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We prove new lower bounds for statistical estimation tasks under the constraint of $(\varepsilon, \delta)$-differential privacy. First, we provide tight lower bounds for private covariance estimation of Gaussian distributions. We show that estimating the covariance matrix in Frobenius norm requires $\Omega(d^2)$ samples, and in spectral norm requires $\Omega(d^{3/2})$ samples, both matching upper bounds up to logarithmic factors. We prove these bounds via our main technical contribution, a broad generalization of the fingerprinting method to exponential families. Additionally, using the private Assouad method of Acharya, Sun, and Zhang, we show a tight $\Omega(d/(\alpha^2 \varepsilon))$ lower bound for estimating the mean of a distribution with bounded covariance to $\alpha$-error in $\ell_2$-distance. Prior known lower bounds for all these problems were either polynomially weaker or held under the stricter condition of $(\varepsilon,0)$-differential privacy.

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We give the first polynomial-time, polynomial-sample, differentially private estimator for the mean and covariance of an arbitrary Gaussian distribution $\mathcal{N}(\mu,\Sigma)$ in $\mathbb{R}^d$. All previous estimators are either nonconstructive, with unbounded running time, or require the user to specify a priori bounds on the parameters $\mu$ and $\Sigma$. The primary new technical tool in our algorithm is a new differentially private preconditioner that takes samples from an arbitrary Gaussian $\mathcal{N}(0,\Sigma)$ and returns a matrix $A$ such that $A \Sigma A^T$ has constant condition number.

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Private data analysis suffers a costly curse of dimensionality. However, the data often has an underlying low-dimensional structure. For example, when optimizing via gradient descent, the gradients often lie in or near a low-dimensional subspace. If that low-dimensional structure can be identified, then we can avoid paying (in terms of privacy or accuracy) for the high ambient dimension. We present differentially private algorithms that take input data sampled from a low-dimensional linear subspace (possibly with a small amount of error) and output that subspace (or an approximation to it). These algorithms can serve as a pre-processing step for other procedures.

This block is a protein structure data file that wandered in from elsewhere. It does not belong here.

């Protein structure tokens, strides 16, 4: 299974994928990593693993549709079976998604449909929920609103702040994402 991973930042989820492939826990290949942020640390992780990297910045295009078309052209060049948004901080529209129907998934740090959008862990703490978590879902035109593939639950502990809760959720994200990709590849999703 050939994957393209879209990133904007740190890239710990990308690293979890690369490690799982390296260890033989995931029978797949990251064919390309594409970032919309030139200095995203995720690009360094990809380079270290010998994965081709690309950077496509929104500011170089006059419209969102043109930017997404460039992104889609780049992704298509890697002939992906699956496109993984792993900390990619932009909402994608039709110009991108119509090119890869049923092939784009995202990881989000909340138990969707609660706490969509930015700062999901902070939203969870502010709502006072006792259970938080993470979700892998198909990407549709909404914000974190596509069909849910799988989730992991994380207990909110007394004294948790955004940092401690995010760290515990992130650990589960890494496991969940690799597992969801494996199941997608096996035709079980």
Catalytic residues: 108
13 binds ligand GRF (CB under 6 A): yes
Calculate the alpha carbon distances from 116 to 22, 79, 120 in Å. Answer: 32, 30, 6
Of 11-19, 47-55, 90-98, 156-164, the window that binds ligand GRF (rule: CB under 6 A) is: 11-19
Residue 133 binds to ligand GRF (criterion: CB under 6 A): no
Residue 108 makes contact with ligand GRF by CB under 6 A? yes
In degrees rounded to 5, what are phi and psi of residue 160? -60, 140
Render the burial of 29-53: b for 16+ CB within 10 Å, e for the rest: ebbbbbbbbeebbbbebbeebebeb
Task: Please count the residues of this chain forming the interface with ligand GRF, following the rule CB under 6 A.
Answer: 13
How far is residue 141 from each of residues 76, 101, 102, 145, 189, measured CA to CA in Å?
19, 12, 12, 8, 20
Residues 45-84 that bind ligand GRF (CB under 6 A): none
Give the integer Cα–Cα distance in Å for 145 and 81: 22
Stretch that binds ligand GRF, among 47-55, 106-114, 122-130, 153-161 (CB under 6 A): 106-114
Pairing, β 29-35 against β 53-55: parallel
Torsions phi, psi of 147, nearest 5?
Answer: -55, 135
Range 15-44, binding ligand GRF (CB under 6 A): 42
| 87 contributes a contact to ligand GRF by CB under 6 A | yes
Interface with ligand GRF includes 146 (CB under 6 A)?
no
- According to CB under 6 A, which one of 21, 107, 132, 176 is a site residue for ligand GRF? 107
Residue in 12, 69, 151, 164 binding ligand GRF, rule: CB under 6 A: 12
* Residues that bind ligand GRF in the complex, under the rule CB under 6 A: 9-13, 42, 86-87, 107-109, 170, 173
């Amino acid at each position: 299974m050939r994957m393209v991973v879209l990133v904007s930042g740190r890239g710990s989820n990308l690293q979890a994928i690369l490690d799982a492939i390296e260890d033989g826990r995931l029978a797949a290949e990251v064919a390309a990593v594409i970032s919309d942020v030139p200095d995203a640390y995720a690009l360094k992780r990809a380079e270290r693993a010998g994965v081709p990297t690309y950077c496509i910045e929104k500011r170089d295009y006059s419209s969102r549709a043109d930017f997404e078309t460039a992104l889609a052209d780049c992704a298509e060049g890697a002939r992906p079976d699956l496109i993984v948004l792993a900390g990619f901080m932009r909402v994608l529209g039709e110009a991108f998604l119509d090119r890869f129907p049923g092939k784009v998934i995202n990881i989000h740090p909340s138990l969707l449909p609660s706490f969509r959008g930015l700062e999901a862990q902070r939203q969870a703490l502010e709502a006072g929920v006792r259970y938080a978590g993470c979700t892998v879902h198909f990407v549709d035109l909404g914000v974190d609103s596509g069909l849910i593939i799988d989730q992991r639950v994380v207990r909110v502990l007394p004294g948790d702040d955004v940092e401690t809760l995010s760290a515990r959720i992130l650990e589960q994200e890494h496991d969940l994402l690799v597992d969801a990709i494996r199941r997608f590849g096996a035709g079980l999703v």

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We give new upper and lower bounds on the minimax sample complexity of differentially private mean estimation of distributions with bounded $k$-th moments. Roughly speaking, in the univariate case, we show that $n = \Theta\left(\frac{1}{\alpha^2} + \frac{1}{\alpha^{\frac{k}{k-1}}\varepsilon}\right)$ samples are necessary and sufficient to estimate the mean to $\alpha$-accuracy under $\varepsilon$-differential privacy, or any of its common relaxations. This result demonstrates a qualitatively different behavior compared to estimation absent privacy constraints, for which the sample complexity is identical for all $k \geq 2$. We also give algorithms for the multivariate setting whose sample complexity is a factor of $O(d)$ larger than the univariate case.

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Learning the parameters of Gaussian mixture models is a fundamental and widely studied problem with numerous applications. In this work, we give new algorithms for learning the parameters of a high-dimensional, well separated, Gaussian mixture model subject to the strong constraint of differential privacy. In particular, we give a differentially private analogue of the algorithm of Achlioptas and McSherry. Our algorithm has two key properties not achieved by prior work: (1) The algorithm's sample complexity matches that of the corresponding non-private algorithm up to lower order terms in a wide range of parameters. (2) The algorithm does not require strong a priori bounds on the parameters of the mixture components.